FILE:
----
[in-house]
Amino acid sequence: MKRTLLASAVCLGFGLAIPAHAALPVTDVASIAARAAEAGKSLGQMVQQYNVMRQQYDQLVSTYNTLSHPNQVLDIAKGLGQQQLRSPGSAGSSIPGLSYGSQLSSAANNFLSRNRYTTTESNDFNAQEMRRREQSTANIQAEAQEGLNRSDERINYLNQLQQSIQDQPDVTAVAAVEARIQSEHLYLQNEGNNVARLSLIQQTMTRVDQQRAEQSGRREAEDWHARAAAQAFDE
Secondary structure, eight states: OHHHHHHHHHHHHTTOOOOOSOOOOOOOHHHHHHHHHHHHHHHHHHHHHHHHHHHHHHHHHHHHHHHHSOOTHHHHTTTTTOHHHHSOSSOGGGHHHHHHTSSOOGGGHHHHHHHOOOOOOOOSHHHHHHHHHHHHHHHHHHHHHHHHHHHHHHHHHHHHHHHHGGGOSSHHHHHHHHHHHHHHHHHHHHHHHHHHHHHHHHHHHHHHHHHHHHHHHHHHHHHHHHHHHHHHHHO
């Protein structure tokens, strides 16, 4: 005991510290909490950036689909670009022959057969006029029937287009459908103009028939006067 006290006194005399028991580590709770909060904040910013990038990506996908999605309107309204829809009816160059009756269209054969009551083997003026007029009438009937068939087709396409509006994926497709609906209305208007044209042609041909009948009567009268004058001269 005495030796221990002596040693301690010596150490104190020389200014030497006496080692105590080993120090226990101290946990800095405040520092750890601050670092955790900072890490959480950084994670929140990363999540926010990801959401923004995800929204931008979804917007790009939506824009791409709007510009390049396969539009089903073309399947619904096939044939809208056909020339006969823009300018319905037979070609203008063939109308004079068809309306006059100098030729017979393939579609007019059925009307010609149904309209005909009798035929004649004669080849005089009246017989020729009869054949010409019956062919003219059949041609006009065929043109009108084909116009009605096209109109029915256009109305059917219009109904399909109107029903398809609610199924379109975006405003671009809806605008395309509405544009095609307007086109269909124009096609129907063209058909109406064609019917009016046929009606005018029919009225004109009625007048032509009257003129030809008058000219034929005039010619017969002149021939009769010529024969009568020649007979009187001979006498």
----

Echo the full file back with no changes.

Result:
[in-house]
Amino acid sequence: MKRTLLASAVCLGFGLAIPAHAALPVTDVASIAARAAEAGKSLGQMVQQYNVMRQQYDQLVSTYNTLSHPNQVLDIAKGLGQQQLRSPGSAGSSIPGLSYGSQLSSAANNFLSRNRYTTTESNDFNAQEMRRREQSTANIQAEAQEGLNRSDERINYLNQLQQSIQDQPDVTAVAAVEARIQSEHLYLQNEGNNVARLSLIQQTMTRVDQQRAEQSGRREAEDWHARAAAQAFDE
Secondary structure, eight states: OHHHHHHHHHHHHTTOOOOOSOOOOOOOHHHHHHHHHHHHHHHHHHHHHHHHHHHHHHHHHHHHHHHHSOOTHHHHTTTTTOHHHHSOSSOGGGHHHHHHTSSOOGGGHHHHHHHOOOOOOOOSHHHHHHHHHHHHHHHHHHHHHHHHHHHHHHHHHHHHHHHHGGGOSSHHHHHHHHHHHHHHHHHHHHHHHHHHHHHHHHHHHHHHHHHHHHHHHHHHHHHHHHHHHHHHHHO
């Protein structure tokens, strides 16, 4: 005991510290909490950036689909670009022959057969006029029937287009459908103009028939006067 006290006194005399028991580590709770909060904040910013990038990506996908999605309107309204829809009816160059009756269209054969009551083997003026007029009438009937068939087709396409509006994926497709609906209305208007044209042609041909009948009567009268004058001269 005495030796221990002596040693301690010596150490104190020389200014030497006496080692105590080993120090226990101290946990800095405040520092750890601050670092955790900072890490959480950084994670929140990363999540926010990801959401923004995800929204931008979804917007790009939506824009791409709007510009390049396969539009089903073309399947619904096939044939809208056909020339006969823009300018319905037979070609203008063939109308004079068809309306006059100098030729017979393939579609007019059925009307010609149904309209005909009798035929004649004669080849005089009246017989020729009869054949010409019956062919003219059949041609006009065929043109009108084909116009009605096209109109029915256009109305059917219009109904399909109107029903398809609610199924379109975006405003671009809806605008395309509405544009095609307007086109269909124009096609129907063209058909109406064609019917009016046929009606005018029919009225004109009625007048032509009257003129030809008058000219034929005039010619017969002149021939009769010529024969009568020649007979009187001979006498």